Now, the 92-pattern pistol does have some failings as an issue weapon, which we’ve touched on in previous articles. Mainly, a double-action pistol is not especially well-suited to the role the M9 found itself in, that of a soldier’s sidearm. Shooting a double-action pistol well requires mastering both the double-action trigger pull and the single-action trigger pull. It’s a heavy pistol, only incrementally lighter than the 1911 it replaced, and it’s also quite large. I have average-sized hands, and I suspect my thumbs are somewhat shorter than the norm; the magazine release is out of my reach.

I’m purposefully not mentioning the trigger reach or the safety. The former is obviously a problem, and the latter is obviously not. Do you subscribe to the school of thought which claims the 92’s safety is easy to engage by accident while working the slide? If so, next question: have you ever actually done it? Parvusimperator and I once spent a good ten minutes trying to engage the safety by accident, and wouldn’t you believe it, neither of us managed to. This particular complaint is overblown.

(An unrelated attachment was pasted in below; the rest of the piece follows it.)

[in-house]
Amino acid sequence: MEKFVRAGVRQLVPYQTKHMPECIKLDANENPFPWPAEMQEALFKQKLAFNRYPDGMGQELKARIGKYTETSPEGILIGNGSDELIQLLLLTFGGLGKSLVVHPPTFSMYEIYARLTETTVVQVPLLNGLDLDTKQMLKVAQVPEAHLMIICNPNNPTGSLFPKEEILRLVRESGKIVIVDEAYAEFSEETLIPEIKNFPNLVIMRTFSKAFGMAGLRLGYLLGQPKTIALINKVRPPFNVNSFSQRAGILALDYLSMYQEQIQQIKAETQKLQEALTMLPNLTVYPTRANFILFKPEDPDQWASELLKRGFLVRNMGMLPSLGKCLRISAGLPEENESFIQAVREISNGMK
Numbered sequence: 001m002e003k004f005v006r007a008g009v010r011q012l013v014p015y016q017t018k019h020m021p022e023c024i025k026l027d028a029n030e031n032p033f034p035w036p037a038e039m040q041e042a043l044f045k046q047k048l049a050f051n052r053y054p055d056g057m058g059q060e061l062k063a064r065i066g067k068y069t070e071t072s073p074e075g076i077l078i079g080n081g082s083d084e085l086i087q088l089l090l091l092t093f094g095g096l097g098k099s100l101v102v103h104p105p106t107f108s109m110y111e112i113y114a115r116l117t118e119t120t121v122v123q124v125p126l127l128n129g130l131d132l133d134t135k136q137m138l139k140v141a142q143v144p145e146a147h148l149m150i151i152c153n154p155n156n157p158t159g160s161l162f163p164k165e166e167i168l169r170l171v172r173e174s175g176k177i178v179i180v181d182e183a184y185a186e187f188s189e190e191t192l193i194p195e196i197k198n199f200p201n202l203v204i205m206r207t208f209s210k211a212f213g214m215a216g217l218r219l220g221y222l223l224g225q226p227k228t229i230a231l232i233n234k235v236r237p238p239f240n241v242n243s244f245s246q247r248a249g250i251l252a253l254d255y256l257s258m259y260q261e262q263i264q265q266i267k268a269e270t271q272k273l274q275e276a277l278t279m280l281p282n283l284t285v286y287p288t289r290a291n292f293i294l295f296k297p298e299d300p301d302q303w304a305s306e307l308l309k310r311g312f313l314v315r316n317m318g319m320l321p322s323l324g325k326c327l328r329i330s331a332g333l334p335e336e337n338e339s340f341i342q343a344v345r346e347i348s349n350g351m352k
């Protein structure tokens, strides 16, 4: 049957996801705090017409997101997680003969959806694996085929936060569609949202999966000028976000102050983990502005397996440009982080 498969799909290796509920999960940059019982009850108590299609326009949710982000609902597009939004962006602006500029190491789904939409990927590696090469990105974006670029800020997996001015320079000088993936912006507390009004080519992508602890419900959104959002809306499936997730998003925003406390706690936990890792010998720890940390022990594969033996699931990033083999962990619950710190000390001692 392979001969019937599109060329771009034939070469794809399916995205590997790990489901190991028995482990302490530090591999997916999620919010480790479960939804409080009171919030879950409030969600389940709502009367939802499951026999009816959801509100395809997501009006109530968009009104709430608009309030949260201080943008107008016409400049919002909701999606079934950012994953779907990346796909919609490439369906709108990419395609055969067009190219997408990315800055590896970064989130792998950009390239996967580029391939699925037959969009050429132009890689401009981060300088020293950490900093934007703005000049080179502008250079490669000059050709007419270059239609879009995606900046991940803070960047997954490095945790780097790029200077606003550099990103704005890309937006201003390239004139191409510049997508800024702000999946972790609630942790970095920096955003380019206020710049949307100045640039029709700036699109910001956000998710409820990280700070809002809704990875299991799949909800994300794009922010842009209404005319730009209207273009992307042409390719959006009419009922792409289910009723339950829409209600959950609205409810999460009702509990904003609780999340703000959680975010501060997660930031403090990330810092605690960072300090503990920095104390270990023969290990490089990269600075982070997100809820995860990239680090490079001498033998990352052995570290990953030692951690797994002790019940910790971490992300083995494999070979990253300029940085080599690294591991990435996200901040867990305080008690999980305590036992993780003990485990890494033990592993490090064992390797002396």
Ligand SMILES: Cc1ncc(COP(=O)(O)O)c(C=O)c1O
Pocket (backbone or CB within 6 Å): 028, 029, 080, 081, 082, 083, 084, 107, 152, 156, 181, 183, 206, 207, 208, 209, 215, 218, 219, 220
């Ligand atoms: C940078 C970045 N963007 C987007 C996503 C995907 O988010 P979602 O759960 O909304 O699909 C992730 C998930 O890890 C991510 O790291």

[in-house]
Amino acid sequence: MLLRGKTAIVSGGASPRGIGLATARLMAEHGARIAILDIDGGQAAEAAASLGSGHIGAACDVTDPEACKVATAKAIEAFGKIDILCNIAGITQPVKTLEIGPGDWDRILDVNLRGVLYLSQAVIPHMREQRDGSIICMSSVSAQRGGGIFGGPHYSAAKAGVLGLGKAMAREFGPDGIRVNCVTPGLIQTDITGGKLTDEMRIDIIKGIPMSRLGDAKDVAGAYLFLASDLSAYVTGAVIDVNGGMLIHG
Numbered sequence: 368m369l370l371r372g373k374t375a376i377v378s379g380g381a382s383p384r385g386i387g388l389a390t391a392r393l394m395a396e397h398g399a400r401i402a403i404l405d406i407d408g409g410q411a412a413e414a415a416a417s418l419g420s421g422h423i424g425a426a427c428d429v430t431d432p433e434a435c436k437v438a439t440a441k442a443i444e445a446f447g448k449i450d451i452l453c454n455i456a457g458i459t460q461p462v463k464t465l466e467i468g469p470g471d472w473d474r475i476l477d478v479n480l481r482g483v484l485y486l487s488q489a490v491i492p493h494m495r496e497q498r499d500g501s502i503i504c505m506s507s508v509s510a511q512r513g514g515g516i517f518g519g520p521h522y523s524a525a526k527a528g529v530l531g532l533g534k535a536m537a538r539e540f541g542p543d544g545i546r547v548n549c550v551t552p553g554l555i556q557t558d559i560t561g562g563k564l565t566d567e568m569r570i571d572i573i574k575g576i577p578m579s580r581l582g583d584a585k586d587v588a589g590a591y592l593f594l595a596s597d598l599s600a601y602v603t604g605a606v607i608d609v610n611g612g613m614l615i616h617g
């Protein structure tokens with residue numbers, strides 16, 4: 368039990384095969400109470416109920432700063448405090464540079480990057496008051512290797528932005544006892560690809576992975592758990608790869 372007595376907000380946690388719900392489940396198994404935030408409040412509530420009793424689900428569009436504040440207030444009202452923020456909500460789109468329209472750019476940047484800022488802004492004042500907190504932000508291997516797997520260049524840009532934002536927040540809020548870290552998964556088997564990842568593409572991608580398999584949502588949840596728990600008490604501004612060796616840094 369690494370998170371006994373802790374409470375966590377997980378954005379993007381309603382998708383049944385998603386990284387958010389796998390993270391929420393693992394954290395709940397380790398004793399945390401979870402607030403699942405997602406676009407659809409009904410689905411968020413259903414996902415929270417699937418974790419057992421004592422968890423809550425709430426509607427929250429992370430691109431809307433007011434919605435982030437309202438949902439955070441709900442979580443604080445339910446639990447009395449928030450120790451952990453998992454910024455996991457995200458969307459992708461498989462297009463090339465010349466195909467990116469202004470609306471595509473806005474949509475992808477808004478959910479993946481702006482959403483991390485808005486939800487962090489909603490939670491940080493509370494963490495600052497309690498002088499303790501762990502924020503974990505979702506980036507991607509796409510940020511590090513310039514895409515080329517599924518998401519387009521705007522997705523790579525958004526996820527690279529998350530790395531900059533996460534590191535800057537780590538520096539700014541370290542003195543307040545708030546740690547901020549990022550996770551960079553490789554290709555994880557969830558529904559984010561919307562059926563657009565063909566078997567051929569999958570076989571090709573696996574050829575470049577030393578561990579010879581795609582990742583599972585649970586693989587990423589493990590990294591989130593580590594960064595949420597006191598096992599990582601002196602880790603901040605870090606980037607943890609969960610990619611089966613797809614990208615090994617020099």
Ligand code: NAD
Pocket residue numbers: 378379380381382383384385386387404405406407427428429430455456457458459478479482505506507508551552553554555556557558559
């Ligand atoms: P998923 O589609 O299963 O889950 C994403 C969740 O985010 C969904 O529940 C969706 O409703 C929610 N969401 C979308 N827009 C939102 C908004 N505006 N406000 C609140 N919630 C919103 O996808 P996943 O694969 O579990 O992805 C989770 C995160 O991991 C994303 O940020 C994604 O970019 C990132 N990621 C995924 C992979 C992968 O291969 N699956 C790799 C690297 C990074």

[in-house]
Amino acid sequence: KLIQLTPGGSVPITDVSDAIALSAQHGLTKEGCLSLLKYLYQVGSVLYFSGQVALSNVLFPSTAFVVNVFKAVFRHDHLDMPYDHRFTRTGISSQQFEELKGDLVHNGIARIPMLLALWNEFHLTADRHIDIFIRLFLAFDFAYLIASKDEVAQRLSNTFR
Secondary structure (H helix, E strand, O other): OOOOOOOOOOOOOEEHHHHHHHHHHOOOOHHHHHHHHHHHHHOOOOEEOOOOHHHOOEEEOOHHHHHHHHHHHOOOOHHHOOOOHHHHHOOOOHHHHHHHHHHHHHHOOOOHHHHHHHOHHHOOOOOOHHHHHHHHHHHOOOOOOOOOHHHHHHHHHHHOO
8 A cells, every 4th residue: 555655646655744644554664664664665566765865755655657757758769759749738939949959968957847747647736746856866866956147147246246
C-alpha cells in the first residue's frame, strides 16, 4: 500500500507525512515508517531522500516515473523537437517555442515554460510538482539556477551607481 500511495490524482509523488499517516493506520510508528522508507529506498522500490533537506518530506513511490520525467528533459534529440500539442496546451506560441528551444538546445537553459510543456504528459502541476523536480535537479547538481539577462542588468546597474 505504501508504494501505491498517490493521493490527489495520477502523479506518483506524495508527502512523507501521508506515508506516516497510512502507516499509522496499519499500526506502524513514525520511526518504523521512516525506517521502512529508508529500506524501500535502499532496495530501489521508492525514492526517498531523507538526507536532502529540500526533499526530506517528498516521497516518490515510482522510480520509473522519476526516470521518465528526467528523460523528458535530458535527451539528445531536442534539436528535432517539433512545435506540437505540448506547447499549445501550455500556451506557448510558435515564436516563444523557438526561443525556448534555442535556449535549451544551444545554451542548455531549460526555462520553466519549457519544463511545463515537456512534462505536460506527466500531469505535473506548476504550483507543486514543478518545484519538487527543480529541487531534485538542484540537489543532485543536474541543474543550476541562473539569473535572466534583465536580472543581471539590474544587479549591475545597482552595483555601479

I did say that the 92 has some failings as an issue weapon, and if pressed, I might even admit that a striker-fired gun is probably a better choice (for a secondary weapon, because of easier training). Obviously, it isn’t a great choice if your aim is concealment. That leaves two categories: the duty gun and the competition gun. I think it stacks up well in both of those. Let’s look at why.

For a competition gun in particular, weight is not a bad thing. Even a heavy gun can be comfortably carried in a good holster, and if concealment isn’t a requirement, it’s not terribly hard to make a good holster. Weight means less felt recoil. Less felt recoil means faster, more accurate follow-up shots.

It’s a double-action trigger. By definition, that means it’s better than almost every striker-fired trigger in existence. The first pull is rough, but how often do you have to do that? Once4.

Much like parvusimperator’s favored Glocks, the M9 is, on the whole, a legendarily reliable piece of equipment. Unlike said Glocks, the M9 requires some attention to hold up its end of the bargain. Any firearm with steel riding on aluminum, like the 92-pattern guns, requires lubrication. It also requires occasional replacement—the design life of an M9 is about 40,000 rounds, and combat conditions undoubtedly shrink that figure. Many of the M9’s alleged flaws can be chalked up to pistols nearing their end of life, and to bad maintenance habits5. Carrying an M9 by itself, or shooting it in competition, leaves a gun owner room to solve both problems.